The Poems Left In Me

With gratitude to the poets whose poems gave me this.

The poems left in me a room in which every suffering has a different smell, five summers and five long winters, boatloads of thuya, and silence on a peak in Darien.

The poems left in me grass all blowing in the same direction, twenty seven bathers and one woman, one yearning woman, watching from behind curtains, and angel-headed hipsters on negro streets at dawn searching for an angry fix.

The poems slipped into me, though not like an intruder. The poems left, when I turned the page, when I shelved the wafer-thin book, when I darkened the screen, leaving behind a still, unravished bride. The poems left with a bow not knowing to what.

I would like to say the poems create the eye through which they enter, the ear with which I hear them. I would like to say that the poems form neural pathways in the brain, pathways, in my case, well worn and maintained, regularly tended and groomed. I would like to say that the photons of a poem illuminate my body from within.

I would like to say that I welcome each poem equally—the awful rowing of this one, the hammer of that one swinging overhead so strong, so sure—the way Abraham welcomes strangers to his tent: with lamb, with warmth. They are angels, but Abraham discovers this only after they have gone, only after the miracle they promised comes true.

The poems promised me nothing. More than traces, more than wisps, the poems left in me paired butterflies and squealing housewives. They left in me god’s wrath, coiled forever in my questioning. They left in me a drunken sailor dreaming of baboons.

A door closing on a room to which men at forty will never return, bare-ruined choirs where late the sweet birds sang, a church inside which nothing is going on, a filling station, its oil cans arranged to say so, so, so….

Where was it one first heard the truth? The the.

A collector’s life, though what I’ve collected is rarely on display.

Do not be deceived by the shelves and stacks of books in my office, throughout my home. If you think they are what I hold dear, go ahead, choose one and slip it from the shelf, lift it from the stack. Every word is in its place. Not a word, phrase, line, stanza missing. No evidence of what the poems left in me.

My annotations? They prove nothing, neither that this poem left lions in me nor that the other poem left in me a cup with a chipped lip.

Downward to darkness on extended wings: a private life.

So private even I don’t know why it chooses this line rather than that, why it chooses to release, when it does, this line in particular to resound in brain and heart.

Ah, the heart, the forgotten dialect of it, music that hurts.

Where the dearest freshness lives: deep down.

Put your ear to my chest. Can you hear the mermaids, America singing its letter of recommendation? Now, in the black milk of daybreak, seems it rich…sorry I cannot travel the endless distance…longing…tolls me back.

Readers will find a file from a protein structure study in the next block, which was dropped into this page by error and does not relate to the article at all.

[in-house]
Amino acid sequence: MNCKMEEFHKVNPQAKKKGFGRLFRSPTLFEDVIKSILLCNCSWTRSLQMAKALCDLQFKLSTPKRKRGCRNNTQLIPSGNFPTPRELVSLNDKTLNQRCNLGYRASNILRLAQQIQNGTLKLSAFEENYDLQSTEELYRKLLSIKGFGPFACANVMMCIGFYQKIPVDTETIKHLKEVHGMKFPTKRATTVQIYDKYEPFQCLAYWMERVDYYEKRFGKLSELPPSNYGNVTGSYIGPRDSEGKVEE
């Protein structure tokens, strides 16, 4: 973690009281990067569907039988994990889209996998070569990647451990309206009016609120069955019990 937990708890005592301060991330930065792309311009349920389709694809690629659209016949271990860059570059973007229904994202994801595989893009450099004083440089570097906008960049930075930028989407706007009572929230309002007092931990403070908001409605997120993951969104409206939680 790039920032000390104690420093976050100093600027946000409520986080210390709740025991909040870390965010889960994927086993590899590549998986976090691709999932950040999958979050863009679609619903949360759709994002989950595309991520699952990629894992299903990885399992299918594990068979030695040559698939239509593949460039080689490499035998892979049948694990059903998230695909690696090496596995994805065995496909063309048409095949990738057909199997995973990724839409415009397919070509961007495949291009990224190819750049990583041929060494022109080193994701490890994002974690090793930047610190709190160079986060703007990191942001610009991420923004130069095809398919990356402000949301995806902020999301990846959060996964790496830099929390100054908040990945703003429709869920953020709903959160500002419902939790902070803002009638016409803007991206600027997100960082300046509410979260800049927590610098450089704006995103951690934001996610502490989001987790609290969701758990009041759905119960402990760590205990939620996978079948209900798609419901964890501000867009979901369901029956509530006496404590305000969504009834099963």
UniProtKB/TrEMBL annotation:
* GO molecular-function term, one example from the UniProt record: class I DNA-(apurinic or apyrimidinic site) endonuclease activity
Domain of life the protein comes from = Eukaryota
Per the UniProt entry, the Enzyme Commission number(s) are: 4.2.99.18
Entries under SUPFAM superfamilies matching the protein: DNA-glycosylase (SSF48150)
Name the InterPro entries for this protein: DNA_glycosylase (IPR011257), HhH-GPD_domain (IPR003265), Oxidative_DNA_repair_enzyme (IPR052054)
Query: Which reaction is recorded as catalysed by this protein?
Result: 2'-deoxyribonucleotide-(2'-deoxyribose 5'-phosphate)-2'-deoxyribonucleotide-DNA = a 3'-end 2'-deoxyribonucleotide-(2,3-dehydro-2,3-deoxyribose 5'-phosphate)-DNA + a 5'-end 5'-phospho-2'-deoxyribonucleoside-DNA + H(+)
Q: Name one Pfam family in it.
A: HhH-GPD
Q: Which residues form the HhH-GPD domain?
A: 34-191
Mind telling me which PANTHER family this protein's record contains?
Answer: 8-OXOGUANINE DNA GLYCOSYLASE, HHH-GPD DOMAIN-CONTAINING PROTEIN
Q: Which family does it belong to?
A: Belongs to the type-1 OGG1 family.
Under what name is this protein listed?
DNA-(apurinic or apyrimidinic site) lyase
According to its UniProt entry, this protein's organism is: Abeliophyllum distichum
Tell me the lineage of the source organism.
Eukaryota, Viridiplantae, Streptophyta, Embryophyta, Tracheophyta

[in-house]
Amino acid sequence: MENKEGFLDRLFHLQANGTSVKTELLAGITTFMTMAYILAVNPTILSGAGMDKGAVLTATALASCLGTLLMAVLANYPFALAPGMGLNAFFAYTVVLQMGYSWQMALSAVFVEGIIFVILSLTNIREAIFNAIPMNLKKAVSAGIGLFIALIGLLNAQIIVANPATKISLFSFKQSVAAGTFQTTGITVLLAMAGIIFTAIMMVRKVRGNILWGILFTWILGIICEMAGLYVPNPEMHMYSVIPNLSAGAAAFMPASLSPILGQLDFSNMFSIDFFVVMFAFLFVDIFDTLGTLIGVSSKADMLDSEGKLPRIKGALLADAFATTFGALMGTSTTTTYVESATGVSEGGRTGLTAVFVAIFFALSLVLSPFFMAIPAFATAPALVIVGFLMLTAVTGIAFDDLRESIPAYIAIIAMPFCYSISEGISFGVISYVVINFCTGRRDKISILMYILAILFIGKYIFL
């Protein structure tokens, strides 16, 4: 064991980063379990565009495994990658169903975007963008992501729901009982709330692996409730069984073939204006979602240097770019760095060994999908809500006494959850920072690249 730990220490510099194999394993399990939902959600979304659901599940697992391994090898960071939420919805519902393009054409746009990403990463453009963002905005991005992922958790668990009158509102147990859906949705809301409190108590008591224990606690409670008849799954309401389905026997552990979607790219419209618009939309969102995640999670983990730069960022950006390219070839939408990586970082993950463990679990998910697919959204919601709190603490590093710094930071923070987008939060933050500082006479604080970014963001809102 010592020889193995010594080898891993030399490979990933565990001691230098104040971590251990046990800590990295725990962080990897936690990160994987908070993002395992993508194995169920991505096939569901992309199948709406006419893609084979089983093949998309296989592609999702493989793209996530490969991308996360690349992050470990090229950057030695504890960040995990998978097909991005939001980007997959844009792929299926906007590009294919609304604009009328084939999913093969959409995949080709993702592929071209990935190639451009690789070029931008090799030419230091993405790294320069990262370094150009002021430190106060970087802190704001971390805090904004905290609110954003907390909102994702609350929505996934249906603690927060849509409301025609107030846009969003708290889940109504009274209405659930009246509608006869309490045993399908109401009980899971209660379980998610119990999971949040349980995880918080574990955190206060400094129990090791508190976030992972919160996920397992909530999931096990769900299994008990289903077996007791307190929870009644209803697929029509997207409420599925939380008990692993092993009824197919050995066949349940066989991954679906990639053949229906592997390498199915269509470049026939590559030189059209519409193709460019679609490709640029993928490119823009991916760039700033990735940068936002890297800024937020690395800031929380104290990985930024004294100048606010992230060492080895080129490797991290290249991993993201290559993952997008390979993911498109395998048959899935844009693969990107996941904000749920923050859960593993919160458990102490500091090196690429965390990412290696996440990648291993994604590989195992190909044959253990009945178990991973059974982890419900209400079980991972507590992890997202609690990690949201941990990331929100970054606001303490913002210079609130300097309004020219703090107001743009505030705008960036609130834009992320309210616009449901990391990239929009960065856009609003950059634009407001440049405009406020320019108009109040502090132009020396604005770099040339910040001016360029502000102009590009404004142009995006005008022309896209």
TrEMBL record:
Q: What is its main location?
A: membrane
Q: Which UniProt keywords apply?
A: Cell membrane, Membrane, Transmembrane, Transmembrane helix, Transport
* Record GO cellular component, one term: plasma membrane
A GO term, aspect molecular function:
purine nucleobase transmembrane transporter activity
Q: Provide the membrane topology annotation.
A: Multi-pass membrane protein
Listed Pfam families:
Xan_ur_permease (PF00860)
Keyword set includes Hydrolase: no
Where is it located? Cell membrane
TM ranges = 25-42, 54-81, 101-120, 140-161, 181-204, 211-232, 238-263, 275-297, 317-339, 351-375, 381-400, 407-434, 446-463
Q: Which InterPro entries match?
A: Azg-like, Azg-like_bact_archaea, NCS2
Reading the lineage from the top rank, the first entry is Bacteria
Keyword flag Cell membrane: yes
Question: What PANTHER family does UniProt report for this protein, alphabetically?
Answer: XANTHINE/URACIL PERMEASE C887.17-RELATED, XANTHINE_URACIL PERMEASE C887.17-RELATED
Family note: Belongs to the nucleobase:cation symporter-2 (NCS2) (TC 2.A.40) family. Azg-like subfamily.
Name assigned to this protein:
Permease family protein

The poems left in me a queer gathering, a mother skunk, a fork, a flight of small schools and creeds that must have crept right out of hell, a thirst for salt. And when I could not see to see, when the last book was flung, mother finally ******, when I dipped my spoon into the alphabet soup of time, when the chicken hawk flew overhead on its way home, when the tourist from Syracuse stared back at me in the men’s room mirror, I alone in the fluorescent moment of recognition knew that I have never been alone.

Michiko, Kai, and Carl, pale Ramón, stout Cortez, Richard Cory, Shulamith, Robert Boardman Vaughan: the poems left in me your names. In memory, my memory, they live. From memory, they are retrieved.

As long as words, what the poems left in me, survive, they may be retrieved again, recovered.

Fragments: keep me whole.

Remembered, misremembered: as freezing persons recollect the snow, first—chill—then stupor—then—letting go.

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  • Richard,
    Absolutely lovely–your words brought me some delightful moments this morning; a gracious prompt to listen more closely to those mysterious words echoing from the heart–and give thanks. Thank-you.

  • Anya Silver

    Gorgeous! I am going to give this to all my poetry students to read. We just finished Celan’s “Deathfugue” and have read many of the poems to which you refer. What a stunning tribute to poetry.

  • What a gift this post is, Rick. Many of your so-seamlessly-interwoven fragments echo in my own mind and heart as well. Just yesterday I thought of re-reading Ginsberg’s “Howl,” for instance.
    I echo Anya above: “what a stunning tribute to poetry.”

  • It’s the next day now, and your post has stayed with me. The poetry of it. I don’t mean just the fragments of poetry embedded in your prose; I mean the prose itself. It has poetry’s texture: moving through images; circling back through key phrases. It has poetry’s rhythms: movement like breathing, pausing, then moving on again. It has poetry’s paradoxes: “fragments: keep me whole.”